i keed i keed :)

  31. ceejeemcbeegee is not here says:

    @MBPharmD: I agree with your 100%. The store also handled the situation totally wrong. They should have explained to the woman that there was a baby missing, they were checking all people with children, and they needed to verify that Ava was her child. The guard should have NEVER reached for the baby or demanded she hand the baby over to her. The store was within it’s rights, as was the mother to refuse.

    It’s just another example of people’s hearts being in the right places but their heads being up their asses.

  32. Saboth says:

    So here is the story:

    Security guard is trying to verify it is her baby. She is screaming obscenities at him, making no sense whatsoever. She attempts to dash out of the store, leaving everything behind (not suspicious at all). She is apparently screaming obscenities left and right at the top of her lungs, making a confusing situation much worse. Somehow, I don’t think things happened the way she described.

    Also, you aren’t very patriotic. If you were, you would have handed over your baby so they could use it for child labor instead of being forced to use inferior Chinese child labor.

  33. blue_duck says:

    They were really trying to take the baby b/c Walmart, does in fact, eat babies. A wonderful ending to a possible tragic and quite disgusting story :)

  34. Luftvier says:

    I think this has been said many times before, but we have an obligation to not act like screaming lunatics when confronted in such situations.

    I really enjoy the postings here, but more recently this has become “The Sensationalist” more than a consumer advocacy site.

  35. tracilyns says:

    I think this is why Home Depot fires employees for going after thieves. As much as we’d like to think the employee is noble for going after some scumbag, what if they have the wrong person? Then you’ve got a case of unlawful detention Better to call the cops and let them deal with it, imo.

  36. jwissick says:

    If I was the mother, I would have the baby in one hand and my 1911 in the other. Take my kid from me? Over my rotting corpse.

    The guard fucked up. He has no business getting involved. Security guards job is to OBSERVE and REPORT. Nothing more. He should have let her leave, and recorded the make model and lic plate of the car and pass it along to the police. The only exception to that is if the missing kids mother was with the guard and told him that was her baby. Then he could take more action. Till then, he does not have the facts and is taking the law into his own hands.

    Trying to forcibly remove a child from her mothers arms is a violent threatening act.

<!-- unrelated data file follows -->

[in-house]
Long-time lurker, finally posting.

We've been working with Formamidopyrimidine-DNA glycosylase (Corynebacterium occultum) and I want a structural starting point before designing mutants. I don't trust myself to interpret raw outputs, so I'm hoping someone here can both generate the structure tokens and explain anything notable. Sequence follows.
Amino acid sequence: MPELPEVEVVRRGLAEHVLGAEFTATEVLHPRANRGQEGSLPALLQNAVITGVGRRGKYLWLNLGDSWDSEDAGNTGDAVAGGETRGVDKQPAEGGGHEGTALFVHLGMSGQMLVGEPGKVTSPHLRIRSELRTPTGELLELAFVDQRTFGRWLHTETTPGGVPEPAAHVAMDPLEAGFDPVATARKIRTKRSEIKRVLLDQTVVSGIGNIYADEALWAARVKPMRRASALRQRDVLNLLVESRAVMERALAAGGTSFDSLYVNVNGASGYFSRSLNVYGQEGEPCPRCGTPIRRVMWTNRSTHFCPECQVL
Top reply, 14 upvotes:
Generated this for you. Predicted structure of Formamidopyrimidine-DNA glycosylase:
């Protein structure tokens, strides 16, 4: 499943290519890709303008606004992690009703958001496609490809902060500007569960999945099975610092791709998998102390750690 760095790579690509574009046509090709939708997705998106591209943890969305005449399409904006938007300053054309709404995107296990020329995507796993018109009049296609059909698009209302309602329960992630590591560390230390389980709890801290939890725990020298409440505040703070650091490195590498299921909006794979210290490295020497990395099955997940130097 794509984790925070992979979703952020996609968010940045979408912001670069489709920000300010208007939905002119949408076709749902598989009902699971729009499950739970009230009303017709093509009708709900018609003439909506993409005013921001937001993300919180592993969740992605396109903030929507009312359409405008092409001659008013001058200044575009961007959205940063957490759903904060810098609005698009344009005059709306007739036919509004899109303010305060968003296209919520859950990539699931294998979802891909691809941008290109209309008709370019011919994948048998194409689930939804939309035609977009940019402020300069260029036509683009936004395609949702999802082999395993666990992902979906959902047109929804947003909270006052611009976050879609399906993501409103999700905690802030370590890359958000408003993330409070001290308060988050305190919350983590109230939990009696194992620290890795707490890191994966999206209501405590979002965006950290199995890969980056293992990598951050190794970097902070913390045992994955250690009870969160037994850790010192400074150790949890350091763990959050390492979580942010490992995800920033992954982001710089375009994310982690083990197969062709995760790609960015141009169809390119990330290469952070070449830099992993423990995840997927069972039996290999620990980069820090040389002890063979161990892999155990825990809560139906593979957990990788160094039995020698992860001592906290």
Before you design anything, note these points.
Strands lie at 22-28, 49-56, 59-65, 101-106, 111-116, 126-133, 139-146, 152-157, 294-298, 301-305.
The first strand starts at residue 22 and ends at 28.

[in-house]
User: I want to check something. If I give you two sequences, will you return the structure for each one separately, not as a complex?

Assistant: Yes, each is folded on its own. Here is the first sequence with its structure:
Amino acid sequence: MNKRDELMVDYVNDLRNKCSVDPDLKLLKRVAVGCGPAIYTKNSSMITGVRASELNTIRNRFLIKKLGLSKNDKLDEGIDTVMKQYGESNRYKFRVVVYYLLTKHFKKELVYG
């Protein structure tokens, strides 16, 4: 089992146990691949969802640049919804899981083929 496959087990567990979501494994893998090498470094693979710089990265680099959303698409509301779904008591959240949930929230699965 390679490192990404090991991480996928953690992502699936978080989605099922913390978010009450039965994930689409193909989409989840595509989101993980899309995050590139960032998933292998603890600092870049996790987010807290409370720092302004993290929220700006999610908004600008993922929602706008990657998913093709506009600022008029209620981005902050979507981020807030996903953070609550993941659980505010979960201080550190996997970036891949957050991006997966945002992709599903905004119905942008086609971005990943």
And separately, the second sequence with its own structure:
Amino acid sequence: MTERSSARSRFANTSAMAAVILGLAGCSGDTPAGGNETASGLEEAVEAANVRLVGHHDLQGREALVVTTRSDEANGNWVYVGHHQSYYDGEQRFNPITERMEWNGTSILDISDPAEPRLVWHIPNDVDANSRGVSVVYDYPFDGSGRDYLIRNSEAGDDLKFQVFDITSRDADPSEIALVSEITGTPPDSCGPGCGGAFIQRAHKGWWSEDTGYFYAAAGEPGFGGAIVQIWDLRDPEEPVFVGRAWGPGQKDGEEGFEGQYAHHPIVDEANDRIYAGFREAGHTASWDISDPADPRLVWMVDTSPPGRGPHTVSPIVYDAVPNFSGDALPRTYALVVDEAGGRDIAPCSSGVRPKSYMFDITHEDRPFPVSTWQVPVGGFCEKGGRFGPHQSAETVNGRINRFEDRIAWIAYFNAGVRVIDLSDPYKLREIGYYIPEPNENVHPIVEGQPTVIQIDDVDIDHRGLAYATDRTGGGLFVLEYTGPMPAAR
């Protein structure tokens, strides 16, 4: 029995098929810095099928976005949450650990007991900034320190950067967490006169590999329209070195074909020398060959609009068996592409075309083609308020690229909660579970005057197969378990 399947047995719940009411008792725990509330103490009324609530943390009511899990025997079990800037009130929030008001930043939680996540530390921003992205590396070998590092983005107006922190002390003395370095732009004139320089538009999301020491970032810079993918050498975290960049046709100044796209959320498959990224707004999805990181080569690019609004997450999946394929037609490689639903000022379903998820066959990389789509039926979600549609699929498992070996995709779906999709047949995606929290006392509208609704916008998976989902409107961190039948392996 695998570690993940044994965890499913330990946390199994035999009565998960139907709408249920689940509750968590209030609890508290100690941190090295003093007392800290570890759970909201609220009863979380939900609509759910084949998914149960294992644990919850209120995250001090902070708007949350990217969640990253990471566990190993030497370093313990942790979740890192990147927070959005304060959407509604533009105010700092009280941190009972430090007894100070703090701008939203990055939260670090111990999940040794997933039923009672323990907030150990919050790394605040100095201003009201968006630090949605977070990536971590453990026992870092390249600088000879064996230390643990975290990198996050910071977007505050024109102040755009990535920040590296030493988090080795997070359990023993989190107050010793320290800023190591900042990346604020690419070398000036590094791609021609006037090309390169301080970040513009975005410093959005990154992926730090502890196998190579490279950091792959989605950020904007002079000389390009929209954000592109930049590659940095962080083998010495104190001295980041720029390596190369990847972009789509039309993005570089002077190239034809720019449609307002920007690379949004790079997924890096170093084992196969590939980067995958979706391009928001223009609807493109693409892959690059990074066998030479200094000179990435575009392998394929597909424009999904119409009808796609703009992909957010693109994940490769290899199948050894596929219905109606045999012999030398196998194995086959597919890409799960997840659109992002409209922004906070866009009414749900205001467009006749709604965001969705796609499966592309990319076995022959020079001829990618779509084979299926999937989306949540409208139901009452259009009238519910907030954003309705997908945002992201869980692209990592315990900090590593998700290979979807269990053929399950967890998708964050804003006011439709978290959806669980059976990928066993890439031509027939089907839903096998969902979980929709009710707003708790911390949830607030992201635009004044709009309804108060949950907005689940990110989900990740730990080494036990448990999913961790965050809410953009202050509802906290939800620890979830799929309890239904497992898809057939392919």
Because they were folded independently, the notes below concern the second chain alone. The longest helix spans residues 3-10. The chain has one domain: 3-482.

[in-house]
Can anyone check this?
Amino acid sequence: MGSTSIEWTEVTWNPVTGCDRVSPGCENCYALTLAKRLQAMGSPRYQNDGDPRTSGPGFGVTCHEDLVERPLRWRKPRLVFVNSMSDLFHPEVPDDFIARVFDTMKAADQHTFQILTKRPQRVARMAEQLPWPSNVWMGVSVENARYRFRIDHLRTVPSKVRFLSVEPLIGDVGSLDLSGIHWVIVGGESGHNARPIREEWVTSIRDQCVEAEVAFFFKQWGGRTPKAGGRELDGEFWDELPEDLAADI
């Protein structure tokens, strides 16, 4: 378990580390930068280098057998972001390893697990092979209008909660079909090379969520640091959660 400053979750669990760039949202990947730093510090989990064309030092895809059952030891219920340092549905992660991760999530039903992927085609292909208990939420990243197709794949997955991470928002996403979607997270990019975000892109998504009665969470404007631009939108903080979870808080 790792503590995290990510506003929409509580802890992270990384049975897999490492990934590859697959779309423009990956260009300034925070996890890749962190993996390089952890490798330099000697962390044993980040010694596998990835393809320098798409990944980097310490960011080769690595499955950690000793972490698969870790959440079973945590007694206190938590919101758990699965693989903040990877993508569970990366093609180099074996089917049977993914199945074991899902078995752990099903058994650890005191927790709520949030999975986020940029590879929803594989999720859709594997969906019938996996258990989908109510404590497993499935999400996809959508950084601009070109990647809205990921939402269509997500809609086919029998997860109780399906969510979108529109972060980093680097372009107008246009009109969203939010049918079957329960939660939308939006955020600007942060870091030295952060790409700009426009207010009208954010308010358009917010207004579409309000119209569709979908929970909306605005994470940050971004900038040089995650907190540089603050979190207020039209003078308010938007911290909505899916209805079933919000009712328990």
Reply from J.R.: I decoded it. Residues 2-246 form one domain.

37. Steel_Pelican says:

    @bluegus32: And if someone did take your baby, you’d want the security guard at the door to stop the kidnapper, right?

    “Why did you let that woman leave with my baby?”

    “She said it was hers, then she yelled a lot.”

    “Oh, well OK then. Thanks for your diligence.”

  38. ceejeemcbeegee is not here says:

    Two questions:

    1. Was the missing child ever found?

    2. Does Wal-Mart have DNA tests in their security office, because how else would they verify that a child is yours?

  39. homerjay says:

    @krztov: I was hoping someone hadn’t beaten me to that comment.

  40. krztov says:

    @homerjay: HAH :)

  41. ceejeemcbeegee is not here says:

    @jwissick: I don’t know… I’d be pretty pissed if someone took my kids from the store and the security told me, “yeah, I saw them leave. I took down the plate and car make and model for ya!” The kidnappers could have done any number of horrible things by the time LAPD bothered to show up.

  42. HalOfBorg says:

    The guard screwed up BIG time. When a ‘Code Adam’ is called NOBODY enters or leaves the store until it is cleared (the missing child is found) so that everyone can e questioned if there was a real incident.

    You do NOT take the child – you keep them there. It is NOT unlawful imprisonment – it’s protecting the kids.

    I was in a store once when I heard a code adam called. No employees were near the door so I stopped people from leaving myself for a couple minutes.

    Walmart needs to start apologizing and doing whatever it takes to make her happy (assuming the story is real) and the guard needs to get a lot of Special High Intensity Training (S.H.I.T) – all that he can take ad more.

  43. DeeJayQueue says:

    If a store is under a Code Adam (lost child) then what’s supposed to happen is this:

    Entrances/Exits/bathrooms get locked down, guards posted at as many as can be covered. People are allowed out one at a time as they finish shopping, but if any are with children that match the description (or anything even close, snatchers can shave a head or change an outfit in seconds flat) they are asked to come over to where the person who lost the child is. If they recognize the child, police are called. Otherwise they’re free to go.